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17 of 21 people found the following review helpful
5.0 out of 5 stars The cure for death by PowerPoint
Comparing favourably with Presentation Zen Presentation Zen: Simple Ideas on Presentation Design and Delivery (Voices That Matter) this book is a superb guide to improving your presentations. Beautifully designed and presented (but would you expect anything less) the book takes a holistic view of presentation planning, design and delivery.

The author is the...
Published on 16 Sep 2008 by M. Donohoe

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31 of 31 people found the following review helpful
3.0 out of 5 stars Good, but not that good - and very expensive for what it is!
Pros:
Excellent examples, methodical approach and a few really good insights and tips. Most of all, this book taught me that I am NOT being too pedantic about the perfection in my slides, and that I should actually be more pedantic!

Cons:
A lot of this book is actually about delivering a presentation, rather than the actual design of the slides. This...
Published on 21 Jan 2009 by Amazon Customer


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31 of 31 people found the following review helpful
3.0 out of 5 stars Good, but not that good - and very expensive for what it is!, 21 Jan 2009
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Pros:
Excellent examples, methodical approach and a few really good insights and tips. Most of all, this book taught me that I am NOT being too pedantic about the perfection in my slides, and that I should actually be more pedantic!

Cons:
A lot of this book is actually about delivering a presentation, rather than the actual design of the slides. This particular content provides nothing new, unless you have never had any training in presenting at all. Also, the book is very expensive for what it is; there are loads of pictures and not a huge amount of text, so it's all over and done with in no time at all.

In summary, I came away with a few really good insights into how I can make my presentations better - but I had to wade through quite a lot (and spend quite a lot) just to get just these few tips.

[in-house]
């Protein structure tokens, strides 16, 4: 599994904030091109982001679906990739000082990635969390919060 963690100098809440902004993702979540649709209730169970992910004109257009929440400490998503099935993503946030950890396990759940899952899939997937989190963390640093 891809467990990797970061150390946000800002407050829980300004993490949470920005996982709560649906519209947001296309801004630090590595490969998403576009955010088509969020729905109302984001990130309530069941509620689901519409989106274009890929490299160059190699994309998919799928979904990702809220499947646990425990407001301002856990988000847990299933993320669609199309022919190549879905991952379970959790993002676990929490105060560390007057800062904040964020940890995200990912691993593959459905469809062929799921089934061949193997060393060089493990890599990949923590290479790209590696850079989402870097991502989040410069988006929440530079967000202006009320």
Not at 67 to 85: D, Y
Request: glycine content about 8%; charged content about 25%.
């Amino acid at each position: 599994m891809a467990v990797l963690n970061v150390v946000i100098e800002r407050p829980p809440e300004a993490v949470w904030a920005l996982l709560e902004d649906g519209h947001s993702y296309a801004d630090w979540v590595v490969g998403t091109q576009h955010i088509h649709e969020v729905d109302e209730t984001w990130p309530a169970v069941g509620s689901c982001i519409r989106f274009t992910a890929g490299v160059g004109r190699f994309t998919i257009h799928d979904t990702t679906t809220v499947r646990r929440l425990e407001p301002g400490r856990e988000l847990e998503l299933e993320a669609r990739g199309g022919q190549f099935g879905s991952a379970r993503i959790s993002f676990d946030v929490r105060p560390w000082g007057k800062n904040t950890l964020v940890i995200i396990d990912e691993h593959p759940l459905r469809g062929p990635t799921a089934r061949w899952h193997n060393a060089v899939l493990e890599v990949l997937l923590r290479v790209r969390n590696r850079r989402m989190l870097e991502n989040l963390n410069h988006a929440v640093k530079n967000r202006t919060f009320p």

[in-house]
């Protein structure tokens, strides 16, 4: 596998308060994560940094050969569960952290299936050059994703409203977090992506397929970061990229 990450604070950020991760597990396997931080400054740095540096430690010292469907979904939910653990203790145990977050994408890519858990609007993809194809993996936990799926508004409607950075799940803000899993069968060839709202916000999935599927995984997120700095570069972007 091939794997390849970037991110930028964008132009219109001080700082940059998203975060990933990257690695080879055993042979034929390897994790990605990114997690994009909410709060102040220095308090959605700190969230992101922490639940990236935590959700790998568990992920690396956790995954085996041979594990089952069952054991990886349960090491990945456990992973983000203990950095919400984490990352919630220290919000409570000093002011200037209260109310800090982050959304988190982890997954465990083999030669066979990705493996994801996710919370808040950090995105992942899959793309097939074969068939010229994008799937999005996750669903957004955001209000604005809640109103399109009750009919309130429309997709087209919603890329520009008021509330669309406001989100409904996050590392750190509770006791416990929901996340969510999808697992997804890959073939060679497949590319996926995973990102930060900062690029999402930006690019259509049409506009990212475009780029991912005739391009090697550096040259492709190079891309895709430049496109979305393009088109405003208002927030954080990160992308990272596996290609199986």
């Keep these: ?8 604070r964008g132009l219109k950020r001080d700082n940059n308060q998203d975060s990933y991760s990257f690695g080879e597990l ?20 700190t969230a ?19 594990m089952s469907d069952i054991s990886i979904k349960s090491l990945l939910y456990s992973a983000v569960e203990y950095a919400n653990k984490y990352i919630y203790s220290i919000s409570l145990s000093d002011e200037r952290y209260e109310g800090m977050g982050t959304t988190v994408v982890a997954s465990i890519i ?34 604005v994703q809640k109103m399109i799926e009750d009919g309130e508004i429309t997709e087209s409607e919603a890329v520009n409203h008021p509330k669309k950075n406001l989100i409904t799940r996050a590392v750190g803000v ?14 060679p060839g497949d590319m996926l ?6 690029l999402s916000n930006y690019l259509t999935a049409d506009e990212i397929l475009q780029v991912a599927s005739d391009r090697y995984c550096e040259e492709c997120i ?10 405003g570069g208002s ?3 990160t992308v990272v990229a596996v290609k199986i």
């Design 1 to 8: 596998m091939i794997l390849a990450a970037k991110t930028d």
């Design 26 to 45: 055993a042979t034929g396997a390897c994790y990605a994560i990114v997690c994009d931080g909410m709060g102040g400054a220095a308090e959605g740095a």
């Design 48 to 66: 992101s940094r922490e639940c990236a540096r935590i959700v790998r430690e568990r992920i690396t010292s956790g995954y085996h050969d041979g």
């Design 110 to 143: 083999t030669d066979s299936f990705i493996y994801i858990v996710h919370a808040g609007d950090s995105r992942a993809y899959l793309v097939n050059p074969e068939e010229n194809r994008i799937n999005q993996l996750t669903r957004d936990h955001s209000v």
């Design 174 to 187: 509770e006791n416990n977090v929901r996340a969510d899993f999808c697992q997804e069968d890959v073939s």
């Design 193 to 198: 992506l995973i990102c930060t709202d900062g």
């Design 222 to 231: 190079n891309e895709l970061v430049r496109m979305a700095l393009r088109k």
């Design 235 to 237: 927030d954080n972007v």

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38 of 43 people found the following review helpful
1.0 out of 5 stars Emperor's New Old Clothes, 25 Nov 2008
By 
Christopher Jones (UK) - See all my reviews
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I had high hopes for this book. It looks very nice. It has the right nods to Tufte early on. But...

But the true content is very thin, includes a load of chart junk (the anti-Tufte - I guess the true cue is in the title, this is a PowerPoint book) and page after page of abstract diagrams demonstrating "flow" - much like the woeful second half of "Say it with Charts" which is about 50 pages of arrows.

Very very disappointing indeed.
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17 of 21 people found the following review helpful
5.0 out of 5 stars The cure for death by PowerPoint, 16 Sep 2008
By 
M. Donohoe (UK) - See all my reviews
(REAL NAME)   
Comparing favourably with Presentation Zen Presentation Zen: Simple Ideas on Presentation Design and Delivery (Voices That Matter) this book is a superb guide to improving your presentations. Beautifully designed and presented (but would you expect anything less) the book takes a holistic view of presentation planning, design and delivery.

The author is the founder of her own presentation design business with a client list that reads like a who's who of the business world. Accordingly, samples of some of these presentations are included in the book.

Aside from practical pointers, this book will serve as an inspiration to presentation creators everywhere!
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4.0 out of 5 stars Sophisticated Visuals, 25 April 2014
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In writing The Presenting Coach, I used this book in my research. It is a beautiful book, as you would expect. But it's more than that, it helps you through the art of making good presentation slides. This is the antidote to the complicated, fussy slides of old and guides the reader to think more about the audience-experience and how to make more impact with less on your slides.

I highly recommend it to those who are already good presenters but who want to bring elegance and sophistication into their slide presentation.

Tricia Woolfrey, Author of The Presenting Coach. [...]
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5.0 out of 5 stars Transformative, 9 Nov 2013
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This review is from: slide:ology: The Art and Science of Presentation Design (Kindle Edition)
Reading this will put an end to your "slidewareness". You'll be able to get the best of a presentation. You'll stop boring people with your lengthy slides. You'll enlighten people with your messages.
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4.0 out of 5 stars Food for thought - and some tips as well..., 13 April 2010
By 
Pelle Gustafsson (Philadelphia, US) - See all my reviews
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Not a how-to-do-it book, but a much better why- (or why-not) to-do-it.
Highly recommended!
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10 of 14 people found the following review helpful
5.0 out of 5 stars All users of presentation software should read this!, 29 Aug 2008
By 
Ian Smith (Ilkley, UK) - See all my reviews